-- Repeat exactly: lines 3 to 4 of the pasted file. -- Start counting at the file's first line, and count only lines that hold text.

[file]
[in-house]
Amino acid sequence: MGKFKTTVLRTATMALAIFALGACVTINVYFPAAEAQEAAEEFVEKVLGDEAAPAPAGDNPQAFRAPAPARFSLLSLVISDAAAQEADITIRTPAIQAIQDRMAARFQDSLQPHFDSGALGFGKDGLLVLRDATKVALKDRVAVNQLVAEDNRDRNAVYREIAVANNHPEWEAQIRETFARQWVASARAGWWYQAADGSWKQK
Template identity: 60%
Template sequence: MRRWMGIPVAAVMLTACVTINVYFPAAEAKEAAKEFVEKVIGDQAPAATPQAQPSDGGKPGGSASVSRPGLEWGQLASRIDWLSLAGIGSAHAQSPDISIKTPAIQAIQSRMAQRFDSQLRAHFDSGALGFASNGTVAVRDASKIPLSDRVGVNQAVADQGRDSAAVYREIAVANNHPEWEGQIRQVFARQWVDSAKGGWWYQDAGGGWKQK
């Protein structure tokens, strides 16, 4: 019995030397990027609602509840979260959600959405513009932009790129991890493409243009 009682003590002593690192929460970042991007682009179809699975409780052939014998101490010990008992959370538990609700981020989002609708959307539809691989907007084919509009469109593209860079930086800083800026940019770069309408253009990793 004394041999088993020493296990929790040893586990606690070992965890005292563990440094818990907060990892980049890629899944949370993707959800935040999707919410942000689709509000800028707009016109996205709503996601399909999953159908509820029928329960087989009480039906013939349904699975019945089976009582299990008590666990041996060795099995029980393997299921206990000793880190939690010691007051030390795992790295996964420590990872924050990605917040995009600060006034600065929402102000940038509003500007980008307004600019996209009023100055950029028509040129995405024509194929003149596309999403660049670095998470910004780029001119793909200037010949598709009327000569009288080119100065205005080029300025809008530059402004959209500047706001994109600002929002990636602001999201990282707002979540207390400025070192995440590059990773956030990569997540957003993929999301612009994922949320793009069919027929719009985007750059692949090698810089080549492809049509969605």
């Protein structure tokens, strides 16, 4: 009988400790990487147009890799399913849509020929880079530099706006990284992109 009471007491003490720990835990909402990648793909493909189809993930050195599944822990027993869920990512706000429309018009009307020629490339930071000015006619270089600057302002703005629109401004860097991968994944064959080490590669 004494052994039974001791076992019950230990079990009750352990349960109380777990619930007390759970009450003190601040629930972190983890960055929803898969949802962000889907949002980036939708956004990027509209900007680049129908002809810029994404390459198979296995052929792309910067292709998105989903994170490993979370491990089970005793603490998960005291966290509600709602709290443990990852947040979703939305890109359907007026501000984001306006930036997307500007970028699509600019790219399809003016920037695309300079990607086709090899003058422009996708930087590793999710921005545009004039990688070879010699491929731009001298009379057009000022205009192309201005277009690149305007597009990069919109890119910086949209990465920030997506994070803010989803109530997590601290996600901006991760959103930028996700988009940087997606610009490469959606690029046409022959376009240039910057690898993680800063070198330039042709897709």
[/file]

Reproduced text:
Template identity: 60%
Template sequence: MRRWMGIPVAAVMLTACVTINVYFPAAEAKEAAKEFVEKVIGDQAPAATPQAQPSDGGKPGGSASVSRPGLEWGQLASRIDWLSLAGIGSAHAQSPDISIKTPAIQAIQSRMAQRFDSQLRAHFDSGALGFASNGTVAVRDASKIPLSDRVGVNQAVADQGRDSAAVYREIAVANNHPEWEGQIRQVFARQWVDSAKGGWWYQDAGGGWKQK